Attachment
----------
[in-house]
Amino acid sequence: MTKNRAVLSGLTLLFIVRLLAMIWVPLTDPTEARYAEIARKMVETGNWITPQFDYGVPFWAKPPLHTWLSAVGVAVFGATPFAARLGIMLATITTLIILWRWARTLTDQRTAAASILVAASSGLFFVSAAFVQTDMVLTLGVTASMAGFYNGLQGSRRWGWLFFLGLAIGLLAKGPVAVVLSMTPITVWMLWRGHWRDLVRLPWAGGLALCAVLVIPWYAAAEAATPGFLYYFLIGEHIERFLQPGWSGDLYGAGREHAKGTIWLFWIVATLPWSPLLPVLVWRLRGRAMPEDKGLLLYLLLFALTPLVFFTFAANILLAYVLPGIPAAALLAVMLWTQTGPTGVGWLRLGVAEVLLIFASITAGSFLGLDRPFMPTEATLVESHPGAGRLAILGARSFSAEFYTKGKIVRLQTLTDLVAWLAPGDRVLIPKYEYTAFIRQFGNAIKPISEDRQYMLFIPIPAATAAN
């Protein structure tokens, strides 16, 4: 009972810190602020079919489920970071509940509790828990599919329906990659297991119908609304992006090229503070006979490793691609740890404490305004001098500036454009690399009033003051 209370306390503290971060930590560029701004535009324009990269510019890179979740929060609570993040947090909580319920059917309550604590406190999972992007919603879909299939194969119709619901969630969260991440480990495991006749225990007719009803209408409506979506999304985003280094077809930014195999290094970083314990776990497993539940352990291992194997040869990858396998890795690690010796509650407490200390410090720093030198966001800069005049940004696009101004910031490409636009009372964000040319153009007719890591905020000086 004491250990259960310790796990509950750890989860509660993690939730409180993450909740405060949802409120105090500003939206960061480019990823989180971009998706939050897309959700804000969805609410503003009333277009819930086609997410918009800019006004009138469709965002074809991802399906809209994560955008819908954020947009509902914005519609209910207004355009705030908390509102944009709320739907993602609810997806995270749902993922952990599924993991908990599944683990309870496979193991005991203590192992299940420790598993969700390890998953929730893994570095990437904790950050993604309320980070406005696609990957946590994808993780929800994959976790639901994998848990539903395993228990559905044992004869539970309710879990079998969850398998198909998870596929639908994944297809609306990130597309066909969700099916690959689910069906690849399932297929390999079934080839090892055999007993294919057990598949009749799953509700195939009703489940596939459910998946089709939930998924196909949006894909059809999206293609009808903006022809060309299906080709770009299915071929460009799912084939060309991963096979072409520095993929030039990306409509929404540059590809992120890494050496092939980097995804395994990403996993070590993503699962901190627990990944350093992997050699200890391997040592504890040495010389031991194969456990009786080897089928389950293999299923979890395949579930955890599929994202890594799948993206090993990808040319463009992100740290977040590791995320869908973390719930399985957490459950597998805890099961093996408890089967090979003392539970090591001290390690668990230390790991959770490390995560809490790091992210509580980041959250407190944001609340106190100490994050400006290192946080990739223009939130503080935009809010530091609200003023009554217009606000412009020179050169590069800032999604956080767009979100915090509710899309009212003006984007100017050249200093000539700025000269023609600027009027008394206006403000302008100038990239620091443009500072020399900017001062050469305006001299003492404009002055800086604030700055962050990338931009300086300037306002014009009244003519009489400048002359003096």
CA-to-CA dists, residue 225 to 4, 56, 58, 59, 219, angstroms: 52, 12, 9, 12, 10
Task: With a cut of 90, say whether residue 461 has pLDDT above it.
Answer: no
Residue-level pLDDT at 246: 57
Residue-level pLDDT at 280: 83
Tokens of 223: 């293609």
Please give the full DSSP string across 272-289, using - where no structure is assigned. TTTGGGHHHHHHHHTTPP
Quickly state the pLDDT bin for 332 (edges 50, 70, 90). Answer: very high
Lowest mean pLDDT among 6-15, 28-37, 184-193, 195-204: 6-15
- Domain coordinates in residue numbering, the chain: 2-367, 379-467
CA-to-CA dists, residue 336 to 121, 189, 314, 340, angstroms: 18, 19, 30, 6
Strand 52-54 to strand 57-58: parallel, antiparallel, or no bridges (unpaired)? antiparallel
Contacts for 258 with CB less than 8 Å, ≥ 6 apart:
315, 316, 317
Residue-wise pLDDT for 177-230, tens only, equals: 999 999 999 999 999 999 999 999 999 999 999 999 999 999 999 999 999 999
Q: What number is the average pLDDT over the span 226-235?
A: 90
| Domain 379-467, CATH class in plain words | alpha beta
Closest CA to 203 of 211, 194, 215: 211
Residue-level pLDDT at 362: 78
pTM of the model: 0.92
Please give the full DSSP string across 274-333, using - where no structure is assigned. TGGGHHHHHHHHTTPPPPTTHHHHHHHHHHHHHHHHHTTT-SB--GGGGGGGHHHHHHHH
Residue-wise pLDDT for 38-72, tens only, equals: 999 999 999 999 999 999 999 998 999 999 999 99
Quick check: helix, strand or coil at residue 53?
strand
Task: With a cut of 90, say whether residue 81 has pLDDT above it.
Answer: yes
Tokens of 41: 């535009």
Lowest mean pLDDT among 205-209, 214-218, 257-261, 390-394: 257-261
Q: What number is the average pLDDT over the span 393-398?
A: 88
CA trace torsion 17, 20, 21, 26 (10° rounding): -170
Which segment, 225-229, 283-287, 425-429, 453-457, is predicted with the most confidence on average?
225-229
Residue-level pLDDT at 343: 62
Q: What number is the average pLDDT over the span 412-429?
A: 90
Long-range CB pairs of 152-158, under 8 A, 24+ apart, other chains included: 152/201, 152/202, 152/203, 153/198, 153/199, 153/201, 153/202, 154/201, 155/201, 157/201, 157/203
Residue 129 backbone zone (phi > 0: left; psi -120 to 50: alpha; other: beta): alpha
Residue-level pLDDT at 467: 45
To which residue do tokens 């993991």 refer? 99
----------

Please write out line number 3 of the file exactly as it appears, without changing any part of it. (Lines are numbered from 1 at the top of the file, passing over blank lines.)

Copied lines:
């Protein structure tokens, strides 16, 4: 009972810190602020079919489920970071509940509790828990599919329906990659297991119908609304992006090229503070006979490793691609740890404490305004001098500036454009690399009033003051 209370306390503290971060930590560029701004535009324009990269510019890179979740929060609570993040947090909580319920059917309550604590406190999972992007919603879909299939194969119709619901969630969260991440480990495991006749225990007719009803209408409506979506999304985003280094077809930014195999290094970083314990776990497993539940352990291992194997040869990858396998890795690690010796509650407490200390410090720093030198966001800069005049940004696009101004910031490409636009009372964000040319153009007719890591905020000086 004491250990259960310790796990509950750890989860509660993690939730409180993450909740405060949802409120105090500003939206960061480019990823989180971009998706939050897309959700804000969805609410503003009333277009819930086609997410918009800019006004009138469709965002074809991802399906809209994560955008819908954020947009509902914005519609209910207004355009705030908390509102944009709320739907993602609810997806995270749902993922952990599924993991908990599944683990309870496979193991005991203590192992299940420790598993969700390890998953929730893994570095990437904790950050993604309320980070406005696609990957946590994808993780929800994959976790639901994998848990539903395993228990559905044992004869539970309710879990079998969850398998198909998870596929639908994944297809609306990130597309066909969700099916690959689910069906690849399932297929390999079934080839090892055999007993294919057990598949009749799953509700195939009703489940596939459910998946089709939930998924196909949006894909059809999206293609009808903006022809060309299906080709770009299915071929460009799912084939060309991963096979072409520095993929030039990306409509929404540059590809992120890494050496092939980097995804395994990403996993070590993503699962901190627990990944350093992997050699200890391997040592504890040495010389031991194969456990009786080897089928389950293999299923979890395949579930955890599929994202890594799948993206090993990808040319463009992100740290977040590791995320869908973390719930399985957490459950597998805890099961093996408890089967090979003392539970090591001290390690668990230390790991959770490390995560809490790091992210509580980041959250407190944001609340106190100490994050400006290192946080990739223009939130503080935009809010530091609200003023009554217009606000412009020179050169590069800032999604956080767009979100915090509710899309009212003006984007100017050249200093000539700025000269023609600027009027008394206006403000302008100038990239620091443009500072020399900017001062050469305006001299003492404009002055800086604030700055962050990338931009300086300037306002014009009244003519009489400048002359003096």